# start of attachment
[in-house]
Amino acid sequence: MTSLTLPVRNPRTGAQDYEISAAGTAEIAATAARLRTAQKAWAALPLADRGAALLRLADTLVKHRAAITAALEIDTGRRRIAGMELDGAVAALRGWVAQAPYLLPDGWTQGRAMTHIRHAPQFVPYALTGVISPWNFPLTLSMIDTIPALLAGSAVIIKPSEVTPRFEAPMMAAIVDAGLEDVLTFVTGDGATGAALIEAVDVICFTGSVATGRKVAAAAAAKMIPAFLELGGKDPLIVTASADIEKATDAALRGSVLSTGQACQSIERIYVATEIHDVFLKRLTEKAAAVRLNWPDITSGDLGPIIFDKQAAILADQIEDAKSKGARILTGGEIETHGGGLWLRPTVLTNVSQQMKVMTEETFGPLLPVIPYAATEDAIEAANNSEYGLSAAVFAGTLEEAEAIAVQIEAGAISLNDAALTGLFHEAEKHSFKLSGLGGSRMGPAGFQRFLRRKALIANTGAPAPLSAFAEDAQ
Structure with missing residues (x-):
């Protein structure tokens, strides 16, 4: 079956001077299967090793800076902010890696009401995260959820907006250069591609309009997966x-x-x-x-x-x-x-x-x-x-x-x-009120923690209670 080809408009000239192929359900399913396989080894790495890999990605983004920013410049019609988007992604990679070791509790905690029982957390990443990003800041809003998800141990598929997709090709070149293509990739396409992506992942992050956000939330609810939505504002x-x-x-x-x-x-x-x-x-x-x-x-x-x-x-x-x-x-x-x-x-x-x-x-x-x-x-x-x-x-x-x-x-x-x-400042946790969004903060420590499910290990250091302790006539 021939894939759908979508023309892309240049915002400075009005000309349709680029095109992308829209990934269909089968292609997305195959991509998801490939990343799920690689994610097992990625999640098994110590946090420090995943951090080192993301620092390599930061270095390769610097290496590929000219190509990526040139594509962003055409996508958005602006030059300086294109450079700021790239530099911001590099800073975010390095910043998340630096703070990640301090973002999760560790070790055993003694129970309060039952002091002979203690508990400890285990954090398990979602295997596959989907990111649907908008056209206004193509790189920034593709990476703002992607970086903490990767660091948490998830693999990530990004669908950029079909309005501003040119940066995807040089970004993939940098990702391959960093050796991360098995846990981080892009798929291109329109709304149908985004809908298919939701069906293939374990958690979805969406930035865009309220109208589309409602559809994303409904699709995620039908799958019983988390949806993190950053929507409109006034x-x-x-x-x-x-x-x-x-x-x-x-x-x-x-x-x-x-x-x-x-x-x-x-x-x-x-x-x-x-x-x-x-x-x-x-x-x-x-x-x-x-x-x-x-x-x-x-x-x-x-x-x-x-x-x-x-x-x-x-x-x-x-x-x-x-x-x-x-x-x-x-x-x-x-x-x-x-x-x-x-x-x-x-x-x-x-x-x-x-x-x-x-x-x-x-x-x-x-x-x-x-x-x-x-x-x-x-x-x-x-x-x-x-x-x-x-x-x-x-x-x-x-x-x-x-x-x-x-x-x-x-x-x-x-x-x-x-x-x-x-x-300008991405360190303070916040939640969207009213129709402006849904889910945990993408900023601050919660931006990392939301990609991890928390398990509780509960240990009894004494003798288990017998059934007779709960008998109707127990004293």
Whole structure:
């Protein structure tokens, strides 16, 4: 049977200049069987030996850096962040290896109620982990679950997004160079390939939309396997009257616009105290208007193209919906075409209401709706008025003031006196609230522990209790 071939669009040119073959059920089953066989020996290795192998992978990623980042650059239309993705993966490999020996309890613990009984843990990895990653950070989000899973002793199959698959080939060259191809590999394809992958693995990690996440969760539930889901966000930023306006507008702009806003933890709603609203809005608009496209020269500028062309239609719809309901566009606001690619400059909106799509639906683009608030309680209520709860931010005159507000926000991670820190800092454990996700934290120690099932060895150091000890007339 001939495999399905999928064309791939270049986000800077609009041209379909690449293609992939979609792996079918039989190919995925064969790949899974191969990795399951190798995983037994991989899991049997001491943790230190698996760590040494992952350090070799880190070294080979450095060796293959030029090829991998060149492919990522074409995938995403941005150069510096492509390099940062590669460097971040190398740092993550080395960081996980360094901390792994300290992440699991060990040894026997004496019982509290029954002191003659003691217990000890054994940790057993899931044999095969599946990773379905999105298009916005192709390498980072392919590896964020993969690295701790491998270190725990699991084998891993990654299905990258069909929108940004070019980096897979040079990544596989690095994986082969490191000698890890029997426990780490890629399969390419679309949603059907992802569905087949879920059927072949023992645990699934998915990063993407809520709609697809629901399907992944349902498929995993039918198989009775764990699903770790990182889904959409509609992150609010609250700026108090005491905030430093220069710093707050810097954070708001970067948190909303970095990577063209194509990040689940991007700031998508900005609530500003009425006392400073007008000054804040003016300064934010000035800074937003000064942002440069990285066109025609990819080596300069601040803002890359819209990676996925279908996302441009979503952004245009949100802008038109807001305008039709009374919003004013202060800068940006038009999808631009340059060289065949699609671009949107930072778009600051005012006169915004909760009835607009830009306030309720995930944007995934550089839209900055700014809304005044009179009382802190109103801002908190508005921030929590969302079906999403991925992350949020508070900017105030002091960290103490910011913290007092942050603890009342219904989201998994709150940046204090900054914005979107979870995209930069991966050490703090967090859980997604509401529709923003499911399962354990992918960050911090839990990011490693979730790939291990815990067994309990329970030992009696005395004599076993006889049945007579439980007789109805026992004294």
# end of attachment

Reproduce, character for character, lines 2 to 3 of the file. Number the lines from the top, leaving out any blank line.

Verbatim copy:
Amino acid sequence: MTSLTLPVRNPRTGAQDYEISAAGTAEIAATAARLRTAQKAWAALPLADRGAALLRLADTLVKHRAAITAALEIDTGRRRIAGMELDGAVAALRGWVAQAPYLLPDGWTQGRAMTHIRHAPQFVPYALTGVISPWNFPLTLSMIDTIPALLAGSAVIIKPSEVTPRFEAPMMAAIVDAGLEDVLTFVTGDGATGAALIEAVDVICFTGSVATGRKVAAAAAAKMIPAFLELGGKDPLIVTASADIEKATDAALRGSVLSTGQACQSIERIYVATEIHDVFLKRLTEKAAAVRLNWPDITSGDLGPIIFDKQAAILADQIEDAKSKGARILTGGEIETHGGGLWLRPTVLTNVSQQMKVMTEETFGPLLPVIPYAATEDAIEAANNSEYGLSAAVFAGTLEEAEAIAVQIEAGAISLNDAALTGLFHEAEKHSFKLSGLGGSRMGPAGFQRFLRRKALIANTGAPAPLSAFAEDAQ
Structure with missing residues (x-):